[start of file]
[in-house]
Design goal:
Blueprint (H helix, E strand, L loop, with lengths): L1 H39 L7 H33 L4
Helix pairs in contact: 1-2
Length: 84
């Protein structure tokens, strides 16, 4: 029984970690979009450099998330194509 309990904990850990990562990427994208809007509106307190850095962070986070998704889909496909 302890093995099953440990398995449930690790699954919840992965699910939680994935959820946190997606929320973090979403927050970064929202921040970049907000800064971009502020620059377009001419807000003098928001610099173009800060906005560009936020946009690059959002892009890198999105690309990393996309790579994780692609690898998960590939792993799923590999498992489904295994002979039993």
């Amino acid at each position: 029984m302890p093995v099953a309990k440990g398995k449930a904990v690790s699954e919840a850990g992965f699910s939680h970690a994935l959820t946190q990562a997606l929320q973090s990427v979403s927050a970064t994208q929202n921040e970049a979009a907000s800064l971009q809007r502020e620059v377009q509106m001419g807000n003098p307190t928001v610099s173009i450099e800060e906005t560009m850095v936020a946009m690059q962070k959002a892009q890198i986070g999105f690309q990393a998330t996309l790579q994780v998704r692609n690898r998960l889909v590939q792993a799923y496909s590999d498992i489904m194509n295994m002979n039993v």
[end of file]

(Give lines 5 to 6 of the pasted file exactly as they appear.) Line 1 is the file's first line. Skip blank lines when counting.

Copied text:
Length: 84
């Protein structure tokens, strides 16, 4: 029984970690979009450099998330194509 309990904990850990990562990427994208809007509106307190850095962070986070998704889909496909 302890093995099953440990398995449930690790699954919840992965699910939680994935959820946190997606929320973090979403927050970064929202921040970049907000800064971009502020620059377009001419807000003098928001610099173009800060906005560009936020946009690059959002892009890198999105690309990393996309790579994780692609690898998960590939792993799923590999498992489904295994002979039993």